Introducing Guest Blogger Jeremie Fortenberry –
Jeramie Fortenberry is the founder of Fortenberry Legal, a law firm that helps clients from across the United States with estate planning and probate matters. He writes about trusts, estates, and tax planning at the Probate Lawyer blog.
Billing makes me uncomfortable. When I first started practicing law (at that time with a big firm), I felt sheepish to even broach the topic with clients. It seemed uncouth to start talking about money right when I was in the process of establishing what I hoped to be a lasting relationship. Because of my reluctance to discuss fees on the front end, I relied on my engagement letter to set expectations regarding pricing. My hourly rate was buried somewhere in the letter, along with information about how time was computed and how often I would invoice. That, I thought, should be enough to deal with the uncomfortable issue of how I would be paid for my services.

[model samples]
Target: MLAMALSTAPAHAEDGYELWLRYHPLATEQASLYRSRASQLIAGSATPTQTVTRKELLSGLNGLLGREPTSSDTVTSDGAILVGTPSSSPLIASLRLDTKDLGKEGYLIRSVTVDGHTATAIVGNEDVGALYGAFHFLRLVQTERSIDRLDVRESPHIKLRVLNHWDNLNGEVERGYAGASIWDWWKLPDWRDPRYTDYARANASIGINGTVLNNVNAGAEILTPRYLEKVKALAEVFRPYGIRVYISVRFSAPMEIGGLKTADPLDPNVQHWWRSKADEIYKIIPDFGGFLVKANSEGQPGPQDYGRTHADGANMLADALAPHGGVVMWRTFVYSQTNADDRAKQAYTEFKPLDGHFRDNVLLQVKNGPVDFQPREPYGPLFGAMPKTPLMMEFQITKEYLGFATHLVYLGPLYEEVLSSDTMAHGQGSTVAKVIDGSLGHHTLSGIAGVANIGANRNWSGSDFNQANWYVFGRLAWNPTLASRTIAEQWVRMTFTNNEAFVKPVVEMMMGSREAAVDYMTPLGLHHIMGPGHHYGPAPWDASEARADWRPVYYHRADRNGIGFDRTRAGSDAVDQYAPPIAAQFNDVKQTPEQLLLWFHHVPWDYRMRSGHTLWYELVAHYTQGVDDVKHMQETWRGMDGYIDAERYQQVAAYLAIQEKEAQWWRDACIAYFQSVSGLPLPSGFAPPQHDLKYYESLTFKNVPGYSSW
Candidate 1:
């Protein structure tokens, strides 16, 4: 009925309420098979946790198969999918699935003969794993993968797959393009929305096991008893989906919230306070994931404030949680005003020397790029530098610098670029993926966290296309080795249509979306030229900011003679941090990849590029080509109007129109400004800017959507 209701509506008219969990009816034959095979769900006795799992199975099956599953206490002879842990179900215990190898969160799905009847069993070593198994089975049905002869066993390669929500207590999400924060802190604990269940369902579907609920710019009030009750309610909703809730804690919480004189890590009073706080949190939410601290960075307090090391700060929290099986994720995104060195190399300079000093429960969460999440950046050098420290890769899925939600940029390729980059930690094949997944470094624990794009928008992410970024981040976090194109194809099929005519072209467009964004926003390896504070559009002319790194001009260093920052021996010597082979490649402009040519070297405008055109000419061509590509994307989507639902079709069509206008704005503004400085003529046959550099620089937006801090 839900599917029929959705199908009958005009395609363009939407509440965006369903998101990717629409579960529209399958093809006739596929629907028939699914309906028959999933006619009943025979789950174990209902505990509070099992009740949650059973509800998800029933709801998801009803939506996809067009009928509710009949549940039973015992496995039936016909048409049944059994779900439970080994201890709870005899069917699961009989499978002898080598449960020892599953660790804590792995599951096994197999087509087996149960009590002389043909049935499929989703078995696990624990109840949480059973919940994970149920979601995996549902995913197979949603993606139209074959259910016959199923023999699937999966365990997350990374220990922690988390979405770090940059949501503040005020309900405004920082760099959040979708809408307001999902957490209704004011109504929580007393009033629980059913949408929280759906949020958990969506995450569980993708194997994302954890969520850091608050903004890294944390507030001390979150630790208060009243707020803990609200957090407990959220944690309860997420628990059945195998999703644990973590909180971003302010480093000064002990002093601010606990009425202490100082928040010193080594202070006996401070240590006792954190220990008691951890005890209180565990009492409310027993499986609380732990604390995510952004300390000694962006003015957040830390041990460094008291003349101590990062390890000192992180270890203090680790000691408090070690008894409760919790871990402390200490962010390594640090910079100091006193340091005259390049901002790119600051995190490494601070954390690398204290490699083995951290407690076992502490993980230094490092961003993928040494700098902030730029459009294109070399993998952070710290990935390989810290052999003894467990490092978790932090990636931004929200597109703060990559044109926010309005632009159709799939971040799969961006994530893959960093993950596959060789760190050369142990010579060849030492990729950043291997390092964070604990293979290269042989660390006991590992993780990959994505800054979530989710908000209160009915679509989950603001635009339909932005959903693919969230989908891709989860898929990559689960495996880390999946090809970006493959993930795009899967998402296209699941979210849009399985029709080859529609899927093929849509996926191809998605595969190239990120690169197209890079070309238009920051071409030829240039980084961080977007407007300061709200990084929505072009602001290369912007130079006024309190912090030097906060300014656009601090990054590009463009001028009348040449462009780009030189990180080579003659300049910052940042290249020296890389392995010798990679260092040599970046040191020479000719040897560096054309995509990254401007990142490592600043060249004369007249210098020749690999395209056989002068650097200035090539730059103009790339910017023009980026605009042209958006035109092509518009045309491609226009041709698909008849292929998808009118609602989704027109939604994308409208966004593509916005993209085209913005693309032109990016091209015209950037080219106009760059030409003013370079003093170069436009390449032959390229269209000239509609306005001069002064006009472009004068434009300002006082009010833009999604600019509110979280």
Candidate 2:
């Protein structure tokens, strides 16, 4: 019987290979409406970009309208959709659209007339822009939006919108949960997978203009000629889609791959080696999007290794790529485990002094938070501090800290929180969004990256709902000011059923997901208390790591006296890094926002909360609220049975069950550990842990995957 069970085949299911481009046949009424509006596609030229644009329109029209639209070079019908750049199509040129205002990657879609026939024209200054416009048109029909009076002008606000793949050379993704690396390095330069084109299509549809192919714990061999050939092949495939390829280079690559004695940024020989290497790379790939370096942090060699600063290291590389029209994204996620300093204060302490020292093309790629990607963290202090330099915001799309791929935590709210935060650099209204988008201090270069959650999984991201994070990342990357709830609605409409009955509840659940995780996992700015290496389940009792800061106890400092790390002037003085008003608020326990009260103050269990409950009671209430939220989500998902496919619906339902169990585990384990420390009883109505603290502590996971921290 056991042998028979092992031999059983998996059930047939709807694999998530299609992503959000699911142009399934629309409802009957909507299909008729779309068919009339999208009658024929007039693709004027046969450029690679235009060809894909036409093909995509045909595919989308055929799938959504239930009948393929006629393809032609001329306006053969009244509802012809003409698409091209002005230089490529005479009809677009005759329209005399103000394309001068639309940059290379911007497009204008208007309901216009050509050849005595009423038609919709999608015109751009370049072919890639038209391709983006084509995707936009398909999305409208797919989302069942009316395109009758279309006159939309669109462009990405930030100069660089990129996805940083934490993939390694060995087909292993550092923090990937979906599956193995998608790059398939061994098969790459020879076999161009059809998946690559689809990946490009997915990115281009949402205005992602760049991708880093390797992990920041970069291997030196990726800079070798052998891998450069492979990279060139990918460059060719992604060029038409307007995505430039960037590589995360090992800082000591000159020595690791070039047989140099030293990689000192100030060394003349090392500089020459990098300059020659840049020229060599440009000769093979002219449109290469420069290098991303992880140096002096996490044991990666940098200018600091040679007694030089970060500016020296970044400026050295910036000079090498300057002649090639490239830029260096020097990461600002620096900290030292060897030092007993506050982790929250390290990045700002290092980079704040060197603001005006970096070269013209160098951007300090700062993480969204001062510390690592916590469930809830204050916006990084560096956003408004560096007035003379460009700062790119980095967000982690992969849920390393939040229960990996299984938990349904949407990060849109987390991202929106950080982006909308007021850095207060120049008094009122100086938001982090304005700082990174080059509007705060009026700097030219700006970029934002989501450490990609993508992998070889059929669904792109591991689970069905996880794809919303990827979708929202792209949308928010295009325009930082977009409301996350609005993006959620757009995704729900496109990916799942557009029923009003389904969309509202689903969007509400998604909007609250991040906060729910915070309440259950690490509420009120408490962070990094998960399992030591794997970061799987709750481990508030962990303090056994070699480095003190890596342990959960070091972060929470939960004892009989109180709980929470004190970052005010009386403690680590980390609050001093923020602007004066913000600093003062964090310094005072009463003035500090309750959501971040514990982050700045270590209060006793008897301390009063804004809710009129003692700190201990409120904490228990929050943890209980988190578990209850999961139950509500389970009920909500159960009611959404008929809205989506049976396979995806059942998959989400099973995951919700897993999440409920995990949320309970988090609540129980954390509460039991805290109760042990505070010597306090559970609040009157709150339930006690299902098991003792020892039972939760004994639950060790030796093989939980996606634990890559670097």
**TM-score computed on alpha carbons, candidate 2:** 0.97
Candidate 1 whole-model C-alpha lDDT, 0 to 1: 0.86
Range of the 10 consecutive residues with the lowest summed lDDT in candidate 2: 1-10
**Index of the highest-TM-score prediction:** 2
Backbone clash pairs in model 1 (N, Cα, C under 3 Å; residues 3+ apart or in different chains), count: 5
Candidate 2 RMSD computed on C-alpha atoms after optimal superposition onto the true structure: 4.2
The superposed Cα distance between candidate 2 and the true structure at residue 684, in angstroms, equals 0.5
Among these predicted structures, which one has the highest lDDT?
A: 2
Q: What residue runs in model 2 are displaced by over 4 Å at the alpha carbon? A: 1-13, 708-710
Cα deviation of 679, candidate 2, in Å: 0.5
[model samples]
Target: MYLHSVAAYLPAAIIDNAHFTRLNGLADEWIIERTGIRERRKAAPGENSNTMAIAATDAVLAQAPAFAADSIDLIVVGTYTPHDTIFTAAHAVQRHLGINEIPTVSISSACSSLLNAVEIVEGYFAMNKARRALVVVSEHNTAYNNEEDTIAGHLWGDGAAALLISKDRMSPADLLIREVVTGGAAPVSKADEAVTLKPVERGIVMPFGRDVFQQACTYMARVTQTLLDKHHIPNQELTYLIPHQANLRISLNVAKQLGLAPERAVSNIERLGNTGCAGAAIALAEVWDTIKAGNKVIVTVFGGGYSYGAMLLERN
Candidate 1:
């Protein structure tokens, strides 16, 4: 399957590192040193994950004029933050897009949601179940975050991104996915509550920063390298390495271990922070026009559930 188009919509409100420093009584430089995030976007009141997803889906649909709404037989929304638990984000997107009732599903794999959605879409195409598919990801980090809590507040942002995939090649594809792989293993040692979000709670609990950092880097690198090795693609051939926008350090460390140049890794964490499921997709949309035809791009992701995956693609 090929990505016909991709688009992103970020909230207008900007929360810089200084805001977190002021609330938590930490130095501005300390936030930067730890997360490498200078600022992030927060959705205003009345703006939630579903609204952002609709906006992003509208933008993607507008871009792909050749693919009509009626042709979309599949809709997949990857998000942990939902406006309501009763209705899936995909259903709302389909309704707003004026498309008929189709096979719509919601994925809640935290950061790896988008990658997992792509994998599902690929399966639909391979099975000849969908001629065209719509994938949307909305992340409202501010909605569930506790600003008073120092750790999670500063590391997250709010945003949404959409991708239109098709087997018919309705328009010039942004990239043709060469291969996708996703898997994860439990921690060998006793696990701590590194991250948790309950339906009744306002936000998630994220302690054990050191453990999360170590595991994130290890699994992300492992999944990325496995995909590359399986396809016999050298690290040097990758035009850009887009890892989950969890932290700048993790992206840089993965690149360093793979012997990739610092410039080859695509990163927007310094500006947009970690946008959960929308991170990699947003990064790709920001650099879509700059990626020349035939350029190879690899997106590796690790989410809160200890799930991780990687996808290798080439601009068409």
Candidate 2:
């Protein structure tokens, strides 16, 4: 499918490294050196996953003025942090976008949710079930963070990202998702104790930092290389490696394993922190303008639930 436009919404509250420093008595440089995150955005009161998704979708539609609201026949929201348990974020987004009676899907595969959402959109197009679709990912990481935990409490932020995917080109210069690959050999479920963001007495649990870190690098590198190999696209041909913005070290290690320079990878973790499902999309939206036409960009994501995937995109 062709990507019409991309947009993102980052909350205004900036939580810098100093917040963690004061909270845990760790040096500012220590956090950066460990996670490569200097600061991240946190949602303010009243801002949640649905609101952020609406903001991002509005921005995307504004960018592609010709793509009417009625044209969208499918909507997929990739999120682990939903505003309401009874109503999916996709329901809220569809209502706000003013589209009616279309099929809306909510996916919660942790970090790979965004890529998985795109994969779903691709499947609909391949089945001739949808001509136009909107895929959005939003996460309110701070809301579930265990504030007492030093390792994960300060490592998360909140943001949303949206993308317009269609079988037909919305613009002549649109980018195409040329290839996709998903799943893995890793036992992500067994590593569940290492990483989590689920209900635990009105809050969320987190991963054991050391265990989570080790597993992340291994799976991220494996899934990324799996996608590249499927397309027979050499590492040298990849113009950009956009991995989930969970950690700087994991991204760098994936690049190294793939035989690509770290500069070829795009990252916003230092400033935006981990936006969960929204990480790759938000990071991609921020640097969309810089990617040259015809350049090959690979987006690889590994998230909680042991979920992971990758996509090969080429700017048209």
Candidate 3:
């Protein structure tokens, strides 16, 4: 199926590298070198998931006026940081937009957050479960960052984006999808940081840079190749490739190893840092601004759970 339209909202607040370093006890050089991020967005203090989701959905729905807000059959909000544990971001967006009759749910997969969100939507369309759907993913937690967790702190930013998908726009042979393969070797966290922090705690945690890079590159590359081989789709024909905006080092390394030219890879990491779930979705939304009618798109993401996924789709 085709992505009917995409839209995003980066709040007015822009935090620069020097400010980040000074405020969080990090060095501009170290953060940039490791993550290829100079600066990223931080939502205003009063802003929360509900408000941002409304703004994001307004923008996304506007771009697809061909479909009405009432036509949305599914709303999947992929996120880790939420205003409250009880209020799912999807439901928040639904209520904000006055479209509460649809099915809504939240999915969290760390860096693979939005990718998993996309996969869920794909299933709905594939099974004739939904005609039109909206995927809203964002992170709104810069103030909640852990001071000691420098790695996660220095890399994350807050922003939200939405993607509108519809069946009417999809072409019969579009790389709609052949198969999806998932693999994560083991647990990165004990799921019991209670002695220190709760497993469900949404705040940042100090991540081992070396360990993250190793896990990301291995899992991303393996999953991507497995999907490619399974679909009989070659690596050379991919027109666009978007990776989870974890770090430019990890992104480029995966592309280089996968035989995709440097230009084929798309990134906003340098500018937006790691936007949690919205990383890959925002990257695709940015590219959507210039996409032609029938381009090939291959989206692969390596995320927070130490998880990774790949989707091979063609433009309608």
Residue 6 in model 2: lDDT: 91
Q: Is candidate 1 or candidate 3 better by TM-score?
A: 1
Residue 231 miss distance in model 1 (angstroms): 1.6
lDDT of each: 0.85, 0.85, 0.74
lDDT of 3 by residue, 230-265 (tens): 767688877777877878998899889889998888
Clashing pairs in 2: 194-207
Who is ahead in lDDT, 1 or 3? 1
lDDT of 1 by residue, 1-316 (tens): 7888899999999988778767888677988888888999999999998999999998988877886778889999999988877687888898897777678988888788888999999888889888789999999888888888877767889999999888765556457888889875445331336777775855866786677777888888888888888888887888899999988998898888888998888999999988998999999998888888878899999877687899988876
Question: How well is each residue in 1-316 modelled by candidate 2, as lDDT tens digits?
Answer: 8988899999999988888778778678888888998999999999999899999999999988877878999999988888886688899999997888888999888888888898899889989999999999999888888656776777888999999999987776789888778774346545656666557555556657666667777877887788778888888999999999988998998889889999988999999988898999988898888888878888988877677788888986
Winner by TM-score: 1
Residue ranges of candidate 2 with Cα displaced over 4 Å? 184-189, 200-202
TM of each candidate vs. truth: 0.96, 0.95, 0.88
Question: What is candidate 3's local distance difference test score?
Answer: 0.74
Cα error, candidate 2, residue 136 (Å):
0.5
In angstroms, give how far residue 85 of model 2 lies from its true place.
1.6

Those of you who have tried this know how the story often ends. A client expects a $700.00 invoice but gets a $2,500.00 invoice. In the best circumstances, the client would call to discuss the fees. More likely, the client would either (a) drop out of sight without paying the bill or (b) pay the bill, then drop out of sight. Either way, the relationship was over.
When I started my own practice, I knew that something had to change. I began experimenting with value pricing and alternative billing structures. But more importantly, I changed the way I communicate with clients regarding fees. Today, I never have complaints regarding my bills and have an almost 100 percent collection rate. Here are a few lessons I’ve learned: